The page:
RE is already an extremely sophisticated and vast field which requires computer mastery. I'm in college and it has made me hate things I loved. I'm extremely curious guy and can spend 10-20 hours in front of PC easily. I've ~6 years of experience with linux. Now I'm literally not in a state to read 2-3 400-800 page books on a single topic which I don't even know would be required in RE. There are some topics which are quite difficult but at least if we have an idea that it IS mandatory for RE then you can be sure and refer other resources. If you don't even know what's your syllabus how can one concentrate and master it let alone learning. RE requires you to study every minute details or computer system but wasting too much of time on those horrible digital logics and design is really not worth it.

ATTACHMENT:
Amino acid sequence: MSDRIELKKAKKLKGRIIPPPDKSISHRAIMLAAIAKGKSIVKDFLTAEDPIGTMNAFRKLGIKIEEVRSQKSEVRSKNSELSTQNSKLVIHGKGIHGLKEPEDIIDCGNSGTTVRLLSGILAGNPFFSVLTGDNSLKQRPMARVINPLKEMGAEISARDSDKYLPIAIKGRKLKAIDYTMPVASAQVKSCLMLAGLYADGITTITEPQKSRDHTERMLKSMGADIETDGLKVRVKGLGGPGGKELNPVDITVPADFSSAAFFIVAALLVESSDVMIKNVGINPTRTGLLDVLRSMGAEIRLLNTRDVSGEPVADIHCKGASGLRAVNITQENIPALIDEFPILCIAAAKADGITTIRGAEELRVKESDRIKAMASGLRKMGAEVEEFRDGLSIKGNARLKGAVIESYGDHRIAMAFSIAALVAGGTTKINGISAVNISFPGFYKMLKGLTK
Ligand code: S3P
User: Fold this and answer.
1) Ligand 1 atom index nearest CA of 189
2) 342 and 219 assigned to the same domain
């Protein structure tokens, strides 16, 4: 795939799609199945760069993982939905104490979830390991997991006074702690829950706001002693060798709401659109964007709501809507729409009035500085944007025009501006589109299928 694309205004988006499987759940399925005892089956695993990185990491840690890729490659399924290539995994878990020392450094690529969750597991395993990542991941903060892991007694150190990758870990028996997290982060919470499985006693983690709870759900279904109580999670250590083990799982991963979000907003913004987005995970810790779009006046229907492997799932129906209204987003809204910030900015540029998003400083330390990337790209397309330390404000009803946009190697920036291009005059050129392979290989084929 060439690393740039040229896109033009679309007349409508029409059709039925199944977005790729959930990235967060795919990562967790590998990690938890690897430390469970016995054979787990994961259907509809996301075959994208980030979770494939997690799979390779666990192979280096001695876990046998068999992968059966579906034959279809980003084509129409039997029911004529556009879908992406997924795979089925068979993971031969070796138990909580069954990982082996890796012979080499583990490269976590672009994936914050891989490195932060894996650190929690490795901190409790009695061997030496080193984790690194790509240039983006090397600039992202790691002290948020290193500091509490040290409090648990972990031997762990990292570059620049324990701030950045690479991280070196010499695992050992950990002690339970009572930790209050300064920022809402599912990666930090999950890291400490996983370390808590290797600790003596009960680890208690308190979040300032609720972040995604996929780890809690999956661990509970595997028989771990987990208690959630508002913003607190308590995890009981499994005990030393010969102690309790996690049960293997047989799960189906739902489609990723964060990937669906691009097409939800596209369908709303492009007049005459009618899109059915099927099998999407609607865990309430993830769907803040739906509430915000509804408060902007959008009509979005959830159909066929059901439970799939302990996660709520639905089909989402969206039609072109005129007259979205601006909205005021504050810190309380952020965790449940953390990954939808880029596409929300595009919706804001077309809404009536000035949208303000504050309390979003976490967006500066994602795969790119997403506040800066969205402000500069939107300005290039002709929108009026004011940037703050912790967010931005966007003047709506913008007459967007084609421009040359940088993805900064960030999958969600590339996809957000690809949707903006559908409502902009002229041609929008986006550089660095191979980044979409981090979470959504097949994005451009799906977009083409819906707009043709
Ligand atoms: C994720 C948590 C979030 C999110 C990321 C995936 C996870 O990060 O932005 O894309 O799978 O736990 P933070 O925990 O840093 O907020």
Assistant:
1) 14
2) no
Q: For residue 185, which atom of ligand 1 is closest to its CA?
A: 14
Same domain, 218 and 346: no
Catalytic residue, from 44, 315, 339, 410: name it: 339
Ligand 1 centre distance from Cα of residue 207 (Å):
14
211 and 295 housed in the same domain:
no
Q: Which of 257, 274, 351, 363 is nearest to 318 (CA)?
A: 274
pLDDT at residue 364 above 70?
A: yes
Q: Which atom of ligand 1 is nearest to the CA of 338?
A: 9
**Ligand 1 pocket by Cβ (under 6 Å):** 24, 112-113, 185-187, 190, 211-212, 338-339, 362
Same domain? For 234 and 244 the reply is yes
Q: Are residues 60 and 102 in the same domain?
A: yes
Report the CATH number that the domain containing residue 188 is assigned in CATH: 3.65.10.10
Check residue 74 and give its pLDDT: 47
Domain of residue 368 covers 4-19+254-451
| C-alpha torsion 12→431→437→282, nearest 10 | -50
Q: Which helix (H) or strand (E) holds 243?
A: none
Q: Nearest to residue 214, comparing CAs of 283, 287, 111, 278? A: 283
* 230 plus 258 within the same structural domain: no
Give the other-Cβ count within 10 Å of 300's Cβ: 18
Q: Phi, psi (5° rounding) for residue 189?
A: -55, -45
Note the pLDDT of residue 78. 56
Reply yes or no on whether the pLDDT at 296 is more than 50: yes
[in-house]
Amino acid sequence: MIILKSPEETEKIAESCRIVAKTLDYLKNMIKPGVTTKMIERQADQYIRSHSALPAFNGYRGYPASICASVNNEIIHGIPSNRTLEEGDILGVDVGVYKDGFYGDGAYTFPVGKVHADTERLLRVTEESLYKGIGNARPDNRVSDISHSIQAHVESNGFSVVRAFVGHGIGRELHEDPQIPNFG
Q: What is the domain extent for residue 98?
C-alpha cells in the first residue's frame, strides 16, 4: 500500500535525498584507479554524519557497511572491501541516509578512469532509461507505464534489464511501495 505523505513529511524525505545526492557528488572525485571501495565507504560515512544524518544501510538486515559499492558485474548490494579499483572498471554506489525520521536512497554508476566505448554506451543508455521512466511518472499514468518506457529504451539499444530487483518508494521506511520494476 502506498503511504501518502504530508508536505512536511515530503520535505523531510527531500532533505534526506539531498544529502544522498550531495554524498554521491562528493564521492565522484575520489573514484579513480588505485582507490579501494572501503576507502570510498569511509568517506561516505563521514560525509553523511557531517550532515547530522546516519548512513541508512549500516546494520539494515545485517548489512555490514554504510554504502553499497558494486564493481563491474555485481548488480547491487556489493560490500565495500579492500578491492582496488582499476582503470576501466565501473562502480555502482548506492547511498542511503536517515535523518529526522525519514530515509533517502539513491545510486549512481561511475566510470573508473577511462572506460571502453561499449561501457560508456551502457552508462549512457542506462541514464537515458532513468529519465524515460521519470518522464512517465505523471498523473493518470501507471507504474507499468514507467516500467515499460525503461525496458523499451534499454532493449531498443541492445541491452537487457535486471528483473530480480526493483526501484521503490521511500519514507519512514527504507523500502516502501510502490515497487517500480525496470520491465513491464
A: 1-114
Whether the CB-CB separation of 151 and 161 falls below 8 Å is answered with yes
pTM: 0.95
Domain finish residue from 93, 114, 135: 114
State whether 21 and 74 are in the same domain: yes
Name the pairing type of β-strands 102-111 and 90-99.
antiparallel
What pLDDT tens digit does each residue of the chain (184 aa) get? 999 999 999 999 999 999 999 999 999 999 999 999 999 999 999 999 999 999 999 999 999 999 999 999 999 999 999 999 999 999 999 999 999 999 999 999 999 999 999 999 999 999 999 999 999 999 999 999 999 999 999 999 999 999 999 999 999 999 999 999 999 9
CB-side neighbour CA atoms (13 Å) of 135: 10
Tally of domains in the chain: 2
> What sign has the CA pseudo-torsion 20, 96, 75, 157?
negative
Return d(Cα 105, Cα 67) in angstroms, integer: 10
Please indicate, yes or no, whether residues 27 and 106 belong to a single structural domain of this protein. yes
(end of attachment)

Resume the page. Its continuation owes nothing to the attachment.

So My purpose is to make it completely clear what I actually need to know so that I can focus on it instead of reading each and every topic in complete detail thinking that if I'll miss the direction of even a single electron in I/O I won't be able to do efficient reversing. I'm literally fed up of those architecture diagrams with arrows and cramming those definitions ROM, EEROM, EEPROM.............. again and again for tests and assignments.

I've few questions for you:

You mentioned Computer Organization and Design which I think is authored by Patterson and Hennessy which is used by almost all Universities. I'm just curious about its not so good looking amazon reviews. Also what's your opinion on Tanenbaum's books which you've mentioned in that reddit link.